With the media abuzz with information about COVID-19, the need to self-isolate and potential school closures, many companies are starting to think about how they can continue business-as-usual while staying safe. One popular answer to that question is sending staff home and remote working.
At Bid for Success, we’re advocates of flexible working because an improved work/life balance helps keep our team ready for anything. Along the way, we’ve discovered a few things about remote working which we thought might be useful to you, during this uncertain period. These are our ‘things to consider when working from home.’
Working from home can be isolating. If you’re used to working in a busy office environment, suddenly finding yourself spending your time mostly alone is going to be an adjustment. Introverts may love it, at least at first, but even the most reclusive of us need social time. Try reaching out to people in new ways; Facebook messages, texts, anything that replaces your normal social interactions and maintains social relationships along the way.
The general advice for remote workers is to try and schedule some outdoor time into your days, such as a visit to the gym or a walk in the park. That might be hard to achieve with self-isolation, but there are still YouTube videos with free workouts as a gym substitute or why not spend an hour doing some gardening?
Separating Work and Family Life
If you can, create yourself a home office, or carve yourself out space in a room where you can close the door and focus on work. If you can’t do that, and you’re going to be working from the dining room or kitchen table, then have some sort of ritual that starts your working day. It might be brewing your first coffee of the day, or putting on some music that helps you focus, but set cues so your brain knows it’s time for work.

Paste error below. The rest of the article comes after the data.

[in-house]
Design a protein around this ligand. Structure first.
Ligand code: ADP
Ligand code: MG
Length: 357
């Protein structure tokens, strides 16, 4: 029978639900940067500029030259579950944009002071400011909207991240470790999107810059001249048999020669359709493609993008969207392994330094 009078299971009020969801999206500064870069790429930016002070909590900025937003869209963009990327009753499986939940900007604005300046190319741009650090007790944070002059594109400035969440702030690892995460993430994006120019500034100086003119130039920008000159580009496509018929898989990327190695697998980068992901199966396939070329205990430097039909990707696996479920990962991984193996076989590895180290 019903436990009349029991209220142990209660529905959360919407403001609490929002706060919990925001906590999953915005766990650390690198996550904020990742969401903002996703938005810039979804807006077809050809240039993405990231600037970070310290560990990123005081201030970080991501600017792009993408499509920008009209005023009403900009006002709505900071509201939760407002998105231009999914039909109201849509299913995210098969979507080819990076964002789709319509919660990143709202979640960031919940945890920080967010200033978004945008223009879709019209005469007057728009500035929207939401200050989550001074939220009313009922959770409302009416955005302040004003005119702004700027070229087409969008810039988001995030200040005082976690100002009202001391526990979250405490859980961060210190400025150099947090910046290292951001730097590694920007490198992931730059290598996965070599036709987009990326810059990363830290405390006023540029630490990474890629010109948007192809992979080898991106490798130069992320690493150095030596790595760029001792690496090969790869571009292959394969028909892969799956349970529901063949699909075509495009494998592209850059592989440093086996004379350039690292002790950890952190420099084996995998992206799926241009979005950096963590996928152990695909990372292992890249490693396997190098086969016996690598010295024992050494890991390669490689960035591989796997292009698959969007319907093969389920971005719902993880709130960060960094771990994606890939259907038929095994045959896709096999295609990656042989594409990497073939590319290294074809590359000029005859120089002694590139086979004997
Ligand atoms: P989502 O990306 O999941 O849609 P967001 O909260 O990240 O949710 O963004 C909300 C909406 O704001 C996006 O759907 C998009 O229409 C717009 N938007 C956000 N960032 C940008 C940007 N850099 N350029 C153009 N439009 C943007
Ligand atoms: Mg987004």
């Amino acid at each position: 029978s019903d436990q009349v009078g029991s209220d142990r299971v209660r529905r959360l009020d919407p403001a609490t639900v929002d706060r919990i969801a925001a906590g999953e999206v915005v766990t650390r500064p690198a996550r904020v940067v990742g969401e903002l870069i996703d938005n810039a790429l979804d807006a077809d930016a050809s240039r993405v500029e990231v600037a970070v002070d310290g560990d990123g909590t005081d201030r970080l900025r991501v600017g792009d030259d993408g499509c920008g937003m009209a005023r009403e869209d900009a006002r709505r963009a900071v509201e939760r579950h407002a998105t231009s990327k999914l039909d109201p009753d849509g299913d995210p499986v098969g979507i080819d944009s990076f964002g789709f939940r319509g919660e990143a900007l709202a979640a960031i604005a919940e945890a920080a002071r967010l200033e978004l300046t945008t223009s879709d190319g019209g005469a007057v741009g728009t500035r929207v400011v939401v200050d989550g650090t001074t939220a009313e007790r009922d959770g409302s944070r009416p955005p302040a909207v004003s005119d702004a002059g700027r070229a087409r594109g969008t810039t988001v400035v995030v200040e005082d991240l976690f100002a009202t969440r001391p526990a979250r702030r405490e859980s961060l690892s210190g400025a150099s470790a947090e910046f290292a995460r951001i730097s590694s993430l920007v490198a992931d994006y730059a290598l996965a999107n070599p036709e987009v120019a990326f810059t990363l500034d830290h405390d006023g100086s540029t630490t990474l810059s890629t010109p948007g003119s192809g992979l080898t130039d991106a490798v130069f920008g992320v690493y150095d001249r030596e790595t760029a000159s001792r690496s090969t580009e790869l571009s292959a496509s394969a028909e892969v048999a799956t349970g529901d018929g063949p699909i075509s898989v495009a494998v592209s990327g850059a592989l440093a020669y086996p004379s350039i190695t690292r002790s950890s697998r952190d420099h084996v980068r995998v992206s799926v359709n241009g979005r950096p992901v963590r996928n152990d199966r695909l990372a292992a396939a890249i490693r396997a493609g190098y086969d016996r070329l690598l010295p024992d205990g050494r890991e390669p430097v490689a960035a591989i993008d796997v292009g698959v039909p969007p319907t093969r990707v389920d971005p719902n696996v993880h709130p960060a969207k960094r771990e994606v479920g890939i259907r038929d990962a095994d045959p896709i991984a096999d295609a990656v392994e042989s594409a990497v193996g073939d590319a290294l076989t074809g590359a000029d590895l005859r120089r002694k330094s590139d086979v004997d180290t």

If there are other people at home during the day, resign yourself to the fact that they are going to disturb you sometimes, no matter what. This is going to hold particularly true if schools are closed, and you have children at home too. Also, if you have a cat, you can expect them to get between you and your keyboard all the time. Take deep breaths and make regular notes if distractions throw you off course.
Video conferencing will take the place of face to face meetings. If you haven’t already got the software to handle this, then popular options are Zoom and GoToMeeting which both have free subscription services. When going on a video call, try and have a blank wall behind you so artwork/wallpaper/collectibles don’t draw attention from what you’re saying. Lighting is important too, try to have as much natural light as possible and/or use full-spectrum light bulbs so you can be seen.
Most laptops come with an in-built camera and microphone, and if you’re only working from home for a short while these will do fine. However, investing in a separate webcam and headset with microphone will improve the quality of your video calls and help make sure you don’t miss anything.